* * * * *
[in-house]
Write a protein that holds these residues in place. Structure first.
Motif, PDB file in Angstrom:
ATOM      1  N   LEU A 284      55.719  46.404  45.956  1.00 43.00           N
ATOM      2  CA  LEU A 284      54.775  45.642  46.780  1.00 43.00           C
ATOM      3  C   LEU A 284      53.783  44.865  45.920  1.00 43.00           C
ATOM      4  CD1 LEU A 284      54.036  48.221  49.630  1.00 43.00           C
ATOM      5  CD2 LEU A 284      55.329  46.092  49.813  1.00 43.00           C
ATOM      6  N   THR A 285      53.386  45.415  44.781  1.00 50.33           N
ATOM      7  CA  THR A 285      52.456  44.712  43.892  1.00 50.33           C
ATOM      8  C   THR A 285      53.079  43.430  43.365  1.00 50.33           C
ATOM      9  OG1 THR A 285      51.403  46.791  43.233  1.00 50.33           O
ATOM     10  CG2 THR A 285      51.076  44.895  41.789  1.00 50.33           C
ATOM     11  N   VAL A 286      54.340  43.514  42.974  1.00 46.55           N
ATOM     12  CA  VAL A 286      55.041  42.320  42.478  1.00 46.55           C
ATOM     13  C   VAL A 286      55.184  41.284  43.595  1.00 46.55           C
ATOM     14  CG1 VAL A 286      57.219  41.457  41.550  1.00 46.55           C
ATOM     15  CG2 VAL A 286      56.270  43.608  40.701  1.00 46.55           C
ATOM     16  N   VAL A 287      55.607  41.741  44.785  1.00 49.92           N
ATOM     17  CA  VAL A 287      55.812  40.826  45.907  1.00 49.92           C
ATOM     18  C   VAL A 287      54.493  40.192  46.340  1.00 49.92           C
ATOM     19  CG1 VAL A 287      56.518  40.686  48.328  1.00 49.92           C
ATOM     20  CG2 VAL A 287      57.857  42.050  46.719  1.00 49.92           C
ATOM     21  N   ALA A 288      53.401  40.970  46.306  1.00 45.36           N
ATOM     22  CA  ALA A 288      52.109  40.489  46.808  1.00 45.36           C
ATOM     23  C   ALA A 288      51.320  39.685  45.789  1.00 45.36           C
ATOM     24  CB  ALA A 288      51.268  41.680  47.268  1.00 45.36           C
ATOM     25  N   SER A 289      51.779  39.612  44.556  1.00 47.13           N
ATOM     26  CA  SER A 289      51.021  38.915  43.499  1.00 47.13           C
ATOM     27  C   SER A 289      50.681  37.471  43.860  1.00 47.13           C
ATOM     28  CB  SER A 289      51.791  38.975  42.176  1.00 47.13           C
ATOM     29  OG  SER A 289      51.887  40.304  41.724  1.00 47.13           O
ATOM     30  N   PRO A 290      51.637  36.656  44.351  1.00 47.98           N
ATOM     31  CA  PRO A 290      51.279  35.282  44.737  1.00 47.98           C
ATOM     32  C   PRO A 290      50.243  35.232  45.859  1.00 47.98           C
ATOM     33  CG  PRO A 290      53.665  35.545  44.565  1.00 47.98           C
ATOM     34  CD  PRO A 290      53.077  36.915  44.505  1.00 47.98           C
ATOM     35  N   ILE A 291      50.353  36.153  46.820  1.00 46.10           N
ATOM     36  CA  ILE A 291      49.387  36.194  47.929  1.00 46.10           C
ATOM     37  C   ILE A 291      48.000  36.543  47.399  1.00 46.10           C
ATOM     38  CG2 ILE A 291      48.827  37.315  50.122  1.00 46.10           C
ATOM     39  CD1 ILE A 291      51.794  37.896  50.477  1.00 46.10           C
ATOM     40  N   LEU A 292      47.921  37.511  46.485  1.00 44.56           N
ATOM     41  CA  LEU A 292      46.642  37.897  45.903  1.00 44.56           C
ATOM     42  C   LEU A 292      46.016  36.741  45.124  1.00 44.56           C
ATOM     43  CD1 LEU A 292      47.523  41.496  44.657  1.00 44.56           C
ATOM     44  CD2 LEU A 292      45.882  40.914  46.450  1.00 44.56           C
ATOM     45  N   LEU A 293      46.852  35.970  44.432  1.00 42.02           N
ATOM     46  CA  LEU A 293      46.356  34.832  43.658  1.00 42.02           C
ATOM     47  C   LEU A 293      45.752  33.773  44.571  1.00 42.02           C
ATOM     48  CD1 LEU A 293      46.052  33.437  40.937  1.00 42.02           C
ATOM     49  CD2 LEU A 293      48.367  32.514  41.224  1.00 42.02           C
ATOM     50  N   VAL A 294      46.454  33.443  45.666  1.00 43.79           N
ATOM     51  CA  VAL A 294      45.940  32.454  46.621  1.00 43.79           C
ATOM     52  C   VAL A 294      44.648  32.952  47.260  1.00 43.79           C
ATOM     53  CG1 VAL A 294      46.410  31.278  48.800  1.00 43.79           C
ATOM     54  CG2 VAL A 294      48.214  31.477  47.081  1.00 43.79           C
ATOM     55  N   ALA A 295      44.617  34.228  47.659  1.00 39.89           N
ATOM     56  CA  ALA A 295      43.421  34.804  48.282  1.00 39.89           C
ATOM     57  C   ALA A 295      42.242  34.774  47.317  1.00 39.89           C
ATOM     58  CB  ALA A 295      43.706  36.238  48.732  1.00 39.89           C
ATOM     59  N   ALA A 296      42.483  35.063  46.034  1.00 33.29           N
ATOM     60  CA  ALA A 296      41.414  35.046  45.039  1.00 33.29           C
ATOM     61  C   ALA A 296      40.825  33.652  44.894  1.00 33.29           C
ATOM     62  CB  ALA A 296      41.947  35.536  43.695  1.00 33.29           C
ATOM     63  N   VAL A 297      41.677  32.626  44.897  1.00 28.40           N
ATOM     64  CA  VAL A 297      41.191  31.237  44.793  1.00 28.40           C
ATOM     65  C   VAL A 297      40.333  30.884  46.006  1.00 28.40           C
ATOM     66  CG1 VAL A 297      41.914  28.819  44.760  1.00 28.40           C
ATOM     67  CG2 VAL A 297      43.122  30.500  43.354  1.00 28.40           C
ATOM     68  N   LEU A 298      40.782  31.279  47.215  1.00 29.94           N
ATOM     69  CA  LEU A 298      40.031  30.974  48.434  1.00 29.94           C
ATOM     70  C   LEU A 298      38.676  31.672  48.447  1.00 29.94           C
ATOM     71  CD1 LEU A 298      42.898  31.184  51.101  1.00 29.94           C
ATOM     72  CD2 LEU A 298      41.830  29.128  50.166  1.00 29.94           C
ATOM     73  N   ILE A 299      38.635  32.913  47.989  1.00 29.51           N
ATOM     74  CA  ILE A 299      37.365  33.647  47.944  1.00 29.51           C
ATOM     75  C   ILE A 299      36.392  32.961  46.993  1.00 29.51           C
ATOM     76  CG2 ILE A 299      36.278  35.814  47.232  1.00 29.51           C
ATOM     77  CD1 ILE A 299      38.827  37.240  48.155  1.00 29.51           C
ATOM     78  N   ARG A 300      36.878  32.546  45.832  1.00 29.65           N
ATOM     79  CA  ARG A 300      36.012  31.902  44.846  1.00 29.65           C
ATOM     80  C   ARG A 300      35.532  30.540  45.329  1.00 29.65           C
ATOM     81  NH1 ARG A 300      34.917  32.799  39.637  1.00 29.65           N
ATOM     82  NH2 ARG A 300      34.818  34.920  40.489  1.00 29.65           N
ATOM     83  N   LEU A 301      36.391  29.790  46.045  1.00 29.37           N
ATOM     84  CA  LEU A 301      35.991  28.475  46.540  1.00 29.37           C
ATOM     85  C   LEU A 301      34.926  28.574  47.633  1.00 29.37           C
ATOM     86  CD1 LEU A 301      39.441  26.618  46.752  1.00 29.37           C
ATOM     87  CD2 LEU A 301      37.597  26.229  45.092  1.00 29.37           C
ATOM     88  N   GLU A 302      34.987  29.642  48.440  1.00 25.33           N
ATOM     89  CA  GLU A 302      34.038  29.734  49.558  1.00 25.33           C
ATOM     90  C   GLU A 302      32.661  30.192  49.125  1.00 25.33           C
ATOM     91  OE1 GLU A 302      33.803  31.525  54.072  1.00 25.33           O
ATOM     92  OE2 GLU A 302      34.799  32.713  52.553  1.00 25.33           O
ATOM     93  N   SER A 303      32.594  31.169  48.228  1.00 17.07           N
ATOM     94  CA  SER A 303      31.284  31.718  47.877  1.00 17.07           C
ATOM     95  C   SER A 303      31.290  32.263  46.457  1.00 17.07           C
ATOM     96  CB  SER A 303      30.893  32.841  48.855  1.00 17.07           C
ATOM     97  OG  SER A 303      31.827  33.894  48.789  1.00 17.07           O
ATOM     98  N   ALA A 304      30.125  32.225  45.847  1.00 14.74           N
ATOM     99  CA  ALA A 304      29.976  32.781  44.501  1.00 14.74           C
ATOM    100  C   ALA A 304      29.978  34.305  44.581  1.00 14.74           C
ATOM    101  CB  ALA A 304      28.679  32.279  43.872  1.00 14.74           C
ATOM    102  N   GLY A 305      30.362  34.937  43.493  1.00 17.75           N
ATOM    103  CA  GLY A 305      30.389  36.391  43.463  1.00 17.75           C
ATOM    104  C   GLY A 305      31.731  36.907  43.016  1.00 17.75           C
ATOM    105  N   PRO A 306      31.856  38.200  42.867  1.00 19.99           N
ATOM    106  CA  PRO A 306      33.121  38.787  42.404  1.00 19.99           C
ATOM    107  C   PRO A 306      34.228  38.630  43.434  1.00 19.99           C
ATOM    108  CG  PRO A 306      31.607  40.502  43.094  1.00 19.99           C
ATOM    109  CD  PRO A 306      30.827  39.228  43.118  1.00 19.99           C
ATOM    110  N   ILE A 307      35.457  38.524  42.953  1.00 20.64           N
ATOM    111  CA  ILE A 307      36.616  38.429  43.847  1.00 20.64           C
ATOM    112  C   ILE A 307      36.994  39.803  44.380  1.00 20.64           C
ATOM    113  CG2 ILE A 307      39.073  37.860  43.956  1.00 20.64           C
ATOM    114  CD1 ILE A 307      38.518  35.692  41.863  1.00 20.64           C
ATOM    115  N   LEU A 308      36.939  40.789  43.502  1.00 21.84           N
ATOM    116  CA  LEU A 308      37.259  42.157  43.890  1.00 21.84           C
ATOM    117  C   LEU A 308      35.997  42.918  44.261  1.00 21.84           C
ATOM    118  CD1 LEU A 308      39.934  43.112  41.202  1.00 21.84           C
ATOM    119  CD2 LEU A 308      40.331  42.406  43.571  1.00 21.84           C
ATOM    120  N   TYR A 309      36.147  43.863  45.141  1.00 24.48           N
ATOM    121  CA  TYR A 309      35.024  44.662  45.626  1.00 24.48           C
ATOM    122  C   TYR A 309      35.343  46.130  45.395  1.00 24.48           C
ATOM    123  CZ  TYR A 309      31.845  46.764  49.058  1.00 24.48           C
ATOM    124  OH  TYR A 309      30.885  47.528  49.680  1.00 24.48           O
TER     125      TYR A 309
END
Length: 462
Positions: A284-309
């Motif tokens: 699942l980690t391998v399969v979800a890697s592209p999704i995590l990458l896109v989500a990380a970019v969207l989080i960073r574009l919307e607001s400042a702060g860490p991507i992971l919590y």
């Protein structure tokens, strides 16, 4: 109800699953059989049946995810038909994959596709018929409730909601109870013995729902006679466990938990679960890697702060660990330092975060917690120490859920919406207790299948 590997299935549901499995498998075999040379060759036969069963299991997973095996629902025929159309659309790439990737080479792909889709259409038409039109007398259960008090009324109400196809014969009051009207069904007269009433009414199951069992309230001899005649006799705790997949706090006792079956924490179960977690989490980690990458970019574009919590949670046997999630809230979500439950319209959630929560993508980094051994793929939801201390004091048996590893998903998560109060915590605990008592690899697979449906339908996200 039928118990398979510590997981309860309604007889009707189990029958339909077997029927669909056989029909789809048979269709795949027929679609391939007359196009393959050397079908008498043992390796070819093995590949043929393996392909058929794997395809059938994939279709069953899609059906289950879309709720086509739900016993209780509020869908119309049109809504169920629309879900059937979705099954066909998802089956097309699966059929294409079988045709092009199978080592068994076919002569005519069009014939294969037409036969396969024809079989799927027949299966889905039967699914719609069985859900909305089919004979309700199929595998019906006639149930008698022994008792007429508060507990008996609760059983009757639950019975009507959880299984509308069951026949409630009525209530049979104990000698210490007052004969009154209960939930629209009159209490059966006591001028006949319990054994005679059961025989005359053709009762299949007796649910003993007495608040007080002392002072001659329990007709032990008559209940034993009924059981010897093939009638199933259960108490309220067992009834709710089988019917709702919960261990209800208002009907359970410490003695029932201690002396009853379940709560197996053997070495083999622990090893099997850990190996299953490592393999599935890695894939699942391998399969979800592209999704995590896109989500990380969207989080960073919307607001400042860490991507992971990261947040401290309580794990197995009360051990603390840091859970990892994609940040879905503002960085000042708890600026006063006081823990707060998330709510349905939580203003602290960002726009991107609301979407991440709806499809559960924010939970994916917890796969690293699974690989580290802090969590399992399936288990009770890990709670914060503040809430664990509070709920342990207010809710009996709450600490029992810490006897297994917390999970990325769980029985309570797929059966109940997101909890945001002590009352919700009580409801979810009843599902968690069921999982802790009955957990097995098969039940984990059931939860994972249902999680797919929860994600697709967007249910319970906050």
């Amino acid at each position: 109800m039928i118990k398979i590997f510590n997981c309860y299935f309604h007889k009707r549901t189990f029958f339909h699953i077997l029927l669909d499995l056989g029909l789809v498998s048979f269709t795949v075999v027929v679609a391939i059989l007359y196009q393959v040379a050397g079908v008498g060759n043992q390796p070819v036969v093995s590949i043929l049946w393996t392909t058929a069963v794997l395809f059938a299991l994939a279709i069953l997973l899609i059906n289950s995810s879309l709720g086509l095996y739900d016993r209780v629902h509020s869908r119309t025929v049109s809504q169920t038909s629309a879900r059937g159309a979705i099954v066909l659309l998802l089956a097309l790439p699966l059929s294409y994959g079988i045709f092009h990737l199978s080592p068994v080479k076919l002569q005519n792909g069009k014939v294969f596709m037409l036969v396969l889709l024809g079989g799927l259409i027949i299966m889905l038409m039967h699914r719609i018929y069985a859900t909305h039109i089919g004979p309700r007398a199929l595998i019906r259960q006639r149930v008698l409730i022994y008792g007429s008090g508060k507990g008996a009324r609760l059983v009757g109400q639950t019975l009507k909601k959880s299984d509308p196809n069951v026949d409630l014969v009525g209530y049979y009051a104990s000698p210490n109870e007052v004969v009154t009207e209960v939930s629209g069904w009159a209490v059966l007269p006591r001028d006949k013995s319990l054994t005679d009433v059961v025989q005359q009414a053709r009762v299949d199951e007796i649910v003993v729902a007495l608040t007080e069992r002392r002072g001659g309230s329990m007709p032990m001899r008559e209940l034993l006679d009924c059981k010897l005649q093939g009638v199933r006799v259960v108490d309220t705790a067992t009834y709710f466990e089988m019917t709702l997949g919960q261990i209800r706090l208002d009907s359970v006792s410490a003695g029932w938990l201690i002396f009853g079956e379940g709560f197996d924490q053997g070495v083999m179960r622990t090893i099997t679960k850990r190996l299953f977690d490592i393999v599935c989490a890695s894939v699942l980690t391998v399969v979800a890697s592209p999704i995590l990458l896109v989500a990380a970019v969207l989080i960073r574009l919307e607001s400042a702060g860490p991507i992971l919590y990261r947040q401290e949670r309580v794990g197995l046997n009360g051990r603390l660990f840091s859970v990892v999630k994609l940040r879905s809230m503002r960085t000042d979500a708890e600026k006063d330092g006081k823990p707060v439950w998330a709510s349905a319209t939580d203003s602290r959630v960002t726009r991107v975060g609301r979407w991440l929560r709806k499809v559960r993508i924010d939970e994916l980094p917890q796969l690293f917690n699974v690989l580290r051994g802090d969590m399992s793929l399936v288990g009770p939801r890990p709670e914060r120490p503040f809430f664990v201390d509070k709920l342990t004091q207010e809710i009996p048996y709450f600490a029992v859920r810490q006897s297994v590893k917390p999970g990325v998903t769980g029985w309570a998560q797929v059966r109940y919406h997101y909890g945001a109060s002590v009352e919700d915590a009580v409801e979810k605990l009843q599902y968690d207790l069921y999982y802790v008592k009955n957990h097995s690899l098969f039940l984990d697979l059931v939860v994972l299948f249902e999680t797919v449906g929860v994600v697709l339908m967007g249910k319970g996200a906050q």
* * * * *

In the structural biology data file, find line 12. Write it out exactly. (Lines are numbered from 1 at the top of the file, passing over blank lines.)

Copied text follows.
ATOM      9  OG1 THR A 285      51.403  46.791  43.233  1.00 50.33           O